Goodbye Labtek

November 25, 2008

The alarm in my cellphone went off. I stopped it, and turned back to sleep.

The alarm clock I put on my desk went off. I got out from under the blanket, walked towards the desk, turned the alarm off, and went back to sleep.

Realised that if I went to sleep again I’ll wake up sometime at 10 am and would’ve missed my instructional laboratory. Hence I got up, went to the bathroom and turned on the water heater. Hot water started pouring. Meanwhile…, I went back to sleep.

Took a bath and in the mean time, put instant noodle into a pan of water and heated it. See, women are good at multi-tasking. =)

Finished bath, finished cooking noodle, sat down in my room and had my full-of-monosodium-glutamate breakfast.

Headed out from my residence to campus, for my 8 o’clock class. (Hey, I’m in Indonesia XD)

Finally the class ended. Headed towards the laboratories at labtek X.

Start calling my partner.

Wrote the temperature and pressure down, and there is my partner! Filled down the attendance list.

Took the elevator to the 3rd floor, to the microbiology laboratory.

The water bath is already on, the water is heating at 30 degrees. Things are looking up.

The assistant showed up.

Took the inoculated broth from the shaker. Started inserting the magnet into the broth (actually, it was Mr. Komar who did this. Thanks again, pak ^^). The magnet was dipped in alcohol and then burned, and it caused a hell of a fire (like the show where the man spews liquid -assumably alcohol- to a fire and then the fire dispersed. Or something like that).

Started fussing about labels on the tubes.

The group that will do this experiment after us showed up, to see what they’re doing next week. My partner explained the methods of the experiment etc, while the water bath is being heated.

The water is finally 50 degrees and we’re taking the first sample. The pump somehow was reversed and so instead of sucking the inoculated broth and then discharging it into the tubes, it sucked air and discharged it into the broth. Man…

Still haven’t found the grids on the counting chamber.

Started hating Petroff and Hauser for finding the counting chambers. Counting chambers must be Petroff and Hausser’s way of torturing undergraduate chemical engineering. Or any other person who have to squint one eye to see the obscurely sketched lines.

Broke my first cover slip of the day.

Broke my second cover slip. Come on, anyone who’ve used a cover slip and a counting chamber before, knows just how fragile this thing are.

Broke the third goddamned cover slip. Called for Help. Help said that tomorrow Friend will bring me the cover slips.

Broke yet another, and that left me one. Called Help again:
Help: What’s the matter, nov? (Kenapa nov?)
Me: Emmm…didn’t Friend bring the cover slips today? (Emmm…si Friend ga bawa kaca tutupnya hari ini ya?)
Help: Wait a second. *indistinct talking in the background* (Bentar. *suara ngomong di belakang*)
*thanks for the moral support, that someone in the background…*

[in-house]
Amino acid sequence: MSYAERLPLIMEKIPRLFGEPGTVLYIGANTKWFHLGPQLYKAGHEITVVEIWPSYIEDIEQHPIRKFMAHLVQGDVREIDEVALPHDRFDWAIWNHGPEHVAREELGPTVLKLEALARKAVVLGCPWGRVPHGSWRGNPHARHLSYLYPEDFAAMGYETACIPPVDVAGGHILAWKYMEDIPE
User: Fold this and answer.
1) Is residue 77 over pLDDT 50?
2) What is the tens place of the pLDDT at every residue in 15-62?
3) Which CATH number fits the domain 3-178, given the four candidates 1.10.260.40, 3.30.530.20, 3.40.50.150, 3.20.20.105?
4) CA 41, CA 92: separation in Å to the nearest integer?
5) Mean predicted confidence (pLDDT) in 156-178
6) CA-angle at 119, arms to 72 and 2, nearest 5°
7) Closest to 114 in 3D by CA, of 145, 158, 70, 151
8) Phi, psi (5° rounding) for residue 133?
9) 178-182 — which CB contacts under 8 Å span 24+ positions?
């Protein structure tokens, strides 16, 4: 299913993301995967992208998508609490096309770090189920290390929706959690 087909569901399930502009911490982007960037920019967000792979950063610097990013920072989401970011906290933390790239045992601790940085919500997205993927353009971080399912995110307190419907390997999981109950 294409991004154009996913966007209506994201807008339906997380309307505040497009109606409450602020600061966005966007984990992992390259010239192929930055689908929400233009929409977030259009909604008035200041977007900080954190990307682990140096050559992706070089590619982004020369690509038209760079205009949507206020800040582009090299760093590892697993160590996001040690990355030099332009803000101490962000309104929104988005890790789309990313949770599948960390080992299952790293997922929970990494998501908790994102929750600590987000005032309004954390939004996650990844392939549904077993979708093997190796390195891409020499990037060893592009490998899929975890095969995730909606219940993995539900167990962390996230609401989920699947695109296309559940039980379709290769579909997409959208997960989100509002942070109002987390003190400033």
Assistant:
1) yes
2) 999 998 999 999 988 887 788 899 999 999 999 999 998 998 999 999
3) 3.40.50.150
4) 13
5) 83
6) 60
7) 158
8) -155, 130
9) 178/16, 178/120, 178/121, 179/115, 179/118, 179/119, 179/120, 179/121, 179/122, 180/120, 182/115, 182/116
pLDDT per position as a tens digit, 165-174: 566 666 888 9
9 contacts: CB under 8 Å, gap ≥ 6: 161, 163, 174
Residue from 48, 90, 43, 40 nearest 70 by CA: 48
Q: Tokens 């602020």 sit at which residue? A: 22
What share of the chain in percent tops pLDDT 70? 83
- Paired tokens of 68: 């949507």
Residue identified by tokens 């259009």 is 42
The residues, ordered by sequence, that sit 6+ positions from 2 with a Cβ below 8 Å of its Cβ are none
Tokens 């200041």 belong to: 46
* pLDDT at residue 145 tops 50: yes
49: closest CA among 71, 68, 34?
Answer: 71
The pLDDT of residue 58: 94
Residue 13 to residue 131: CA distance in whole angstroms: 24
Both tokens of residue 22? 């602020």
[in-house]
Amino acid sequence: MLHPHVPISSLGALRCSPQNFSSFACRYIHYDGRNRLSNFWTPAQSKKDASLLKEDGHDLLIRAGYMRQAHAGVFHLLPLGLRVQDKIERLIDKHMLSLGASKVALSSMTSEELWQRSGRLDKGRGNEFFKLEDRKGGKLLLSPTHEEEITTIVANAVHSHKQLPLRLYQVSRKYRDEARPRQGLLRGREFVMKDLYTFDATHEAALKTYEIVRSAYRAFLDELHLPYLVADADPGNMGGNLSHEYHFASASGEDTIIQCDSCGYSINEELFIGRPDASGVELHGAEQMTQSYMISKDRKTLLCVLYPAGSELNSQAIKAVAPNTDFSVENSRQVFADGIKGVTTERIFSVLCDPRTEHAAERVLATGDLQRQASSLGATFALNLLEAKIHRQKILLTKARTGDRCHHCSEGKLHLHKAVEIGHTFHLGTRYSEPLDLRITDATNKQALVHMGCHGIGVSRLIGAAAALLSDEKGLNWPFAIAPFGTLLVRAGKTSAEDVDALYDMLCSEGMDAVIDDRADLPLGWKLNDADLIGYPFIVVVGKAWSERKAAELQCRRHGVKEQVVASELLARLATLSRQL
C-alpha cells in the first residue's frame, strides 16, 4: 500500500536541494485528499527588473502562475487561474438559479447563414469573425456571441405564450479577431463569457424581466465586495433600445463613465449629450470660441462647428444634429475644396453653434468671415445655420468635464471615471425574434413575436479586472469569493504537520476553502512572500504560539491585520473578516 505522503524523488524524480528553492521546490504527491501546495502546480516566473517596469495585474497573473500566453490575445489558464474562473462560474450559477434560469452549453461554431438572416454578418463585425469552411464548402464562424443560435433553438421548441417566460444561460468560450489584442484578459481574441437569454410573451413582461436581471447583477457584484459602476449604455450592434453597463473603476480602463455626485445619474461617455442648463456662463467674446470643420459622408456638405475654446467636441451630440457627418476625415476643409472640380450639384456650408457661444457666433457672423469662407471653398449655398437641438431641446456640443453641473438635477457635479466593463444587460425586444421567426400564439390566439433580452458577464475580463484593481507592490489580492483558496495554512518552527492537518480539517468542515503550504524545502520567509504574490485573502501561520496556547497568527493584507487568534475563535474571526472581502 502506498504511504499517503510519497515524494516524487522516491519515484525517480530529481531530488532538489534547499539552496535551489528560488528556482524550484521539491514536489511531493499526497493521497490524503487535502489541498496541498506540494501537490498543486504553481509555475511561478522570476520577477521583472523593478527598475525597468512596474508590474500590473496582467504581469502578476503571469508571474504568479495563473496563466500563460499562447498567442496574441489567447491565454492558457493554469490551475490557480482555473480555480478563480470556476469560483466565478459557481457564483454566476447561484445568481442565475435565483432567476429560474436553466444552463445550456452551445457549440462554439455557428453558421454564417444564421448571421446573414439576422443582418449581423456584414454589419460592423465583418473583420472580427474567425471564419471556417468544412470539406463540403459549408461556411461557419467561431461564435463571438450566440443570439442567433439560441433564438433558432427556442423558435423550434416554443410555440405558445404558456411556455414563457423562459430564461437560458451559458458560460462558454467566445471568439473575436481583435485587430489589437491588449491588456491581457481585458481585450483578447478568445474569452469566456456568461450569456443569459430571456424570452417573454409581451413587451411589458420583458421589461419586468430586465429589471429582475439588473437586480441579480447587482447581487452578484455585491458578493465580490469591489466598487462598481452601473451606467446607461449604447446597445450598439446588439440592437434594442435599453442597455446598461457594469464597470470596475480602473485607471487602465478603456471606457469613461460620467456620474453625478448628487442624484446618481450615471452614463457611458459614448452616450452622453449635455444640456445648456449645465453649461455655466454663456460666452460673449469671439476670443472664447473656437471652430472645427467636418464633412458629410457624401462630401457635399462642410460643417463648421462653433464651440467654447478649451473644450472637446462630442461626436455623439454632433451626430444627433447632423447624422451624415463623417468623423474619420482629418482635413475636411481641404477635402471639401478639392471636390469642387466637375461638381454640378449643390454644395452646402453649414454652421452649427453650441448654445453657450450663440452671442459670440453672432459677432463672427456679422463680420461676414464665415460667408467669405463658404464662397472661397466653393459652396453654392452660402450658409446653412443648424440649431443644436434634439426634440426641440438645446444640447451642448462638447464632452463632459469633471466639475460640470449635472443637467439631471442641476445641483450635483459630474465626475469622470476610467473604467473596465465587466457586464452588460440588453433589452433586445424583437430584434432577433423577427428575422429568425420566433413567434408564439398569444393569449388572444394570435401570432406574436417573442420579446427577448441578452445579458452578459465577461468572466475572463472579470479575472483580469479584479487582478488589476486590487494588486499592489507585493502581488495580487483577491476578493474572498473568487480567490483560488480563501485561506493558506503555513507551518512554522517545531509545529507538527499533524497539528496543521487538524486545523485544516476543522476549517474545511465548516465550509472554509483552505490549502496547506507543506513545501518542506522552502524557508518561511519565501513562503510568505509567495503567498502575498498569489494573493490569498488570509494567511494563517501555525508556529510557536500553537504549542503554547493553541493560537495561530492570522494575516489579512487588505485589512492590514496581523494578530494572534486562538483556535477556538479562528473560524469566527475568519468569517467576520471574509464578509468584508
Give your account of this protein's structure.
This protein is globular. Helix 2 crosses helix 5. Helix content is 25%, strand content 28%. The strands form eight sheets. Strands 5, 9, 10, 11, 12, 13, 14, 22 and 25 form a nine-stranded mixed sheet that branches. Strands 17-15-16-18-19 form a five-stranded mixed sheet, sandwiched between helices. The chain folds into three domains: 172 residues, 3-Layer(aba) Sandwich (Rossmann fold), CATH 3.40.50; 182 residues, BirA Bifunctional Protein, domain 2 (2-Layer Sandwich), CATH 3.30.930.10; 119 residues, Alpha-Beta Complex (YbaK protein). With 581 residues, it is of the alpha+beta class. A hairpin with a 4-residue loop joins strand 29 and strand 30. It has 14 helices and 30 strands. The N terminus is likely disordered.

Thanks to Mr. Komar (again) who were very patient with my whining, and got all the way to find us the right microscope, our experiment has taken off with a speed that will make my mother proud (nah, apa hubungannya dengan nyokap gw coba).

Help came with a box of cover slips, @50. Okay, I am a klutz. But…50. Really?
*again, thanks to Mr Edwin Wibisono for buying the slips =) also Mr Kevin Marvin and Mr Hanung for understanding my knack of breaking glassware*

Went to lunch. Was actually eating with a friend, who then left his chair for one moment. At that moment, a couple of my juniors passed by. Every single one looked at me, and one had the nerve to comment, “Poor you, eating alone.”
Wait and see, kids, wait and see. Wait until you meet the term ‘instructional laboratory’.
Just wait and see. *evil laugh*

Finished the batch process, and waited for the water bath to cool from 80 to 50 degrees, which took like …forever.

Filled the attendance list. Found out about the fiesta that happened at the laboratory on the ground floor.  My friend’s group broke a total of 2 thermometers, 1 volumetric pipette, 1 stirring rod and I think -if not mistaken- one other thing. Laughed at my unfortunate friend for her unfortunate day.

Got my karma.
Was holding four or five test tubes to wash and one of them slipped, fell to the hard, cold floor, and disintegrated into pieces of pyrex.

Went home.
Bubye labtek… =)


Maksud looo?

November 22, 2008

Sekitar setengah jam yang lalu, karena bosan berada di kamar terus, gw ke supermarket di riau junction.

Setelah keliling-keliling, mengambil barang-barang yang dibutuhkan untuk mengerjakan tugas (baca: cemilan), akhirnya gw ke kasir:
Kasir: “Ada membernya?”
Gw: *mengeluarkan kartu member yogya lalu memberikannya ke kasir*
Kasir: *menggesek kartu ke register* “Kartunya sebentar lagi expire ya”
Gw: *tanpa minat* “Oh ya?”
Kasir: Bulan Desember *mengangkat keranjang*
Gw: “Oh…”
Kasir: *mengambil sebungkus keripik dari keranjang* “Ngemil ya, malam Minggu” *ketawa*
Gw: “Iya. Mbak sendiri, kerja ya, malam Minggu”

Sebenarnya sih:
Kasir: *mengambil sebungkus keripik dari keranjang* “Ngemil ya, malam Minggu” *ketawa*
Gw: *ketawa garing*

Maksud looooo?

I took another stupid test at

Novi, you are somewhat
left-hemisphere dominant and show a preference for visual learning,
although not extreme in either characteristic. You probably tend to do
most things in moderation, but not always.

Your left-hemisphere
dominance implies that your learning style is organized and structured,
detail oriented and logical. Your visual preference, though, has you
seeking stimulation and multiple data. Such an outlook can overwhelm
structure and logic and create an almost continuous state of
uncertainty and agitation. You may well suffer a feeling of continually
trying to “catch up” with yourself.

Your tendency to be
organized and logical and attend to details is reasonably
well-established which should afford you success regardless of your
chosen field of endeavor. You can “size up” situations and take in
information rapidly. However, you must then subject that data to being
classified and organized which causes you to “lose touch” with the
immediacy of the problem.

Your logical and methodical
nature hamper you in this regard though in the long run it may work to